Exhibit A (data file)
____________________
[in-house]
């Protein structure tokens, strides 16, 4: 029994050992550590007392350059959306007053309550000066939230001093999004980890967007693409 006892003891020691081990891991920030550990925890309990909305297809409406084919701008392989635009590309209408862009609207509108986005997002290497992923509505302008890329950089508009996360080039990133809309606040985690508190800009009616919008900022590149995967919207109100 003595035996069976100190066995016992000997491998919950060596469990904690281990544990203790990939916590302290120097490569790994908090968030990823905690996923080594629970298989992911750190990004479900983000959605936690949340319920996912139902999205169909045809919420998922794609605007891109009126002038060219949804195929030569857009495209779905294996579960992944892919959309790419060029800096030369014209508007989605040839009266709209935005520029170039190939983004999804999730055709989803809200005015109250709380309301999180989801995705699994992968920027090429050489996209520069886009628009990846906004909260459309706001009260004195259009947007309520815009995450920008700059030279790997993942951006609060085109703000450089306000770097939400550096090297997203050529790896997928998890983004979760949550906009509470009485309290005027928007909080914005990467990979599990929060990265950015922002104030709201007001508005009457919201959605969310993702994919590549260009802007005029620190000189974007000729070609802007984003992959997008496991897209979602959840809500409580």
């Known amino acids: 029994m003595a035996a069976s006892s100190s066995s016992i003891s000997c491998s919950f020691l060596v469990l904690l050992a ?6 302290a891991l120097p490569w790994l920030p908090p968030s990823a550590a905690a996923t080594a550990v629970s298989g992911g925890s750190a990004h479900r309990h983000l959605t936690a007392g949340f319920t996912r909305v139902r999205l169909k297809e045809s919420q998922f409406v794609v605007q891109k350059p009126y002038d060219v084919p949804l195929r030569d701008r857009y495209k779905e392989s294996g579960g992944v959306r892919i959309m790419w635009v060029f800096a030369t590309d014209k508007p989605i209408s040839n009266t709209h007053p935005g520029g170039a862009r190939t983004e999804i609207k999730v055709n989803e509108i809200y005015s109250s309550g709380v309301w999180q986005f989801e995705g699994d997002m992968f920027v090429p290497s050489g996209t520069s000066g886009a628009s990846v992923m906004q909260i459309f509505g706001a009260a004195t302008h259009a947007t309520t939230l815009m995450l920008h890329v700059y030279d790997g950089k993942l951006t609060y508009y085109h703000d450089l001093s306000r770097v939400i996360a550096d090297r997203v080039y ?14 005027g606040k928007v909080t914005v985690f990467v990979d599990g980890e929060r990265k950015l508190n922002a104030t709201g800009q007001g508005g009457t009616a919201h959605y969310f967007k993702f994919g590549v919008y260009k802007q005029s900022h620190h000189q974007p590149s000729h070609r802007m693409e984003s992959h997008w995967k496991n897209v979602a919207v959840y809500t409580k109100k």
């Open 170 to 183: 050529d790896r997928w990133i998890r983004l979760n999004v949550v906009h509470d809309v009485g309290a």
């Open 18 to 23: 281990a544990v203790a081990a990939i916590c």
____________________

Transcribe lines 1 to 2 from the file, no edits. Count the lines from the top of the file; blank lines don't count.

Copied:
[in-house]
């Protein structure tokens, strides 16, 4: 029994050992550590007392350059959306007053309550000066939230001093999004980890967007693409 006892003891020691081990891991920030550990925890309990909305297809409406084919701008392989635009590309209408862009609207509108986005997002290497992923509505302008890329950089508009996360080039990133809309606040985690508190800009009616919008900022590149995967919207109100 003595035996069976100190066995016992000997491998919950060596469990904690281990544990203790990939916590302290120097490569790994908090968030990823905690996923080594629970298989992911750190990004479900983000959605936690949340319920996912139902999205169909045809919420998922794609605007891109009126002038060219949804195929030569857009495209779905294996579960992944892919959309790419060029800096030369014209508007989605040839009266709209935005520029170039190939983004999804999730055709989803809200005015109250709380309301999180989801995705699994992968920027090429050489996209520069886009628009990846906004909260459309706001009260004195259009947007309520815009995450920008700059030279790997993942951006609060085109703000450089306000770097939400550096090297997203050529790896997928998890983004979760949550906009509470009485309290005027928007909080914005990467990979599990929060990265950015922002104030709201007001508005009457919201959605969310993702994919590549260009802007005029620190000189974007000729070609802007984003992959997008496991897209979602959840809500409580």